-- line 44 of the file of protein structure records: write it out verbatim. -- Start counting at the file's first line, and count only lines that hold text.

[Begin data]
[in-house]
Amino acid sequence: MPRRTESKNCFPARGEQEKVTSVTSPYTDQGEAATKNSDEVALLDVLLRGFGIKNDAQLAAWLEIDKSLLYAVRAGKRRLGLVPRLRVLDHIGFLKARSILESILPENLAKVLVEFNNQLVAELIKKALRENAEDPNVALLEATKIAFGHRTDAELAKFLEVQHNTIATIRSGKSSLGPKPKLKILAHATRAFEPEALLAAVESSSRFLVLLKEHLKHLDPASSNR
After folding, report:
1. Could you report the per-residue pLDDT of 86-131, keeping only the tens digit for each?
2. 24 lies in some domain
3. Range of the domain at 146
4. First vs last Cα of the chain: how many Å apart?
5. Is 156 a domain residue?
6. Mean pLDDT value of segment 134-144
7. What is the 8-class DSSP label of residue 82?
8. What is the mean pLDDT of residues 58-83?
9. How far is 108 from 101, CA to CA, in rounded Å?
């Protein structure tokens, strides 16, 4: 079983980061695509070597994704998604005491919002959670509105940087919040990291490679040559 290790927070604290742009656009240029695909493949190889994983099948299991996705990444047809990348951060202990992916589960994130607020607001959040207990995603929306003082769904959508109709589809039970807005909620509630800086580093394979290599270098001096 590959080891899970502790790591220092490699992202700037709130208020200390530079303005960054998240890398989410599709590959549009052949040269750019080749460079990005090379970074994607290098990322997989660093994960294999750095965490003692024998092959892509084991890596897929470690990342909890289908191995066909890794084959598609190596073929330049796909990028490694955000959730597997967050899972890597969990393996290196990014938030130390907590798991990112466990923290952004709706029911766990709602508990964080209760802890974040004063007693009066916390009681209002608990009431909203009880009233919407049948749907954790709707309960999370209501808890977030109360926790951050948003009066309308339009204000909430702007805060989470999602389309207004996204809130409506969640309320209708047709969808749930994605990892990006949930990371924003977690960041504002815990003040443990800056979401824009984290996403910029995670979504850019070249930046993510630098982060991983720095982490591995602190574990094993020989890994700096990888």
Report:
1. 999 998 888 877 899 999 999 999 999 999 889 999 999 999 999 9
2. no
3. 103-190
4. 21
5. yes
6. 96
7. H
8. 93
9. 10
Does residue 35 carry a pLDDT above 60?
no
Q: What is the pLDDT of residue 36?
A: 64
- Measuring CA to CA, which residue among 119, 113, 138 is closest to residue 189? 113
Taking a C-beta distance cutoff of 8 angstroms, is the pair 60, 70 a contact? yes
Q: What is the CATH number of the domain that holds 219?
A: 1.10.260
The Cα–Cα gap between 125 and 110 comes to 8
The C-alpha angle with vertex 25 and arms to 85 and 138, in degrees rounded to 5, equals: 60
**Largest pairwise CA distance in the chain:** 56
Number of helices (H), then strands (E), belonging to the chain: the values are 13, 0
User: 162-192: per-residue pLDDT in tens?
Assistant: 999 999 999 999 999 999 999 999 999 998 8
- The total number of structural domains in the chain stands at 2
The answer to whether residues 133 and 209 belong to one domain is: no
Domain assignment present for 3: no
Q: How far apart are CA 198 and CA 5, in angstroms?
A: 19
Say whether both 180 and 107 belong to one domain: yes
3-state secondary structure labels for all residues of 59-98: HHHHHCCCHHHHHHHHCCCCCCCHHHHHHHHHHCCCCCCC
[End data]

3-state secondary structure labels for all residues of 59-98: HHHHHCCCHHHHHHHHCCCCCCCHHHHHHHHHHCCCCCCC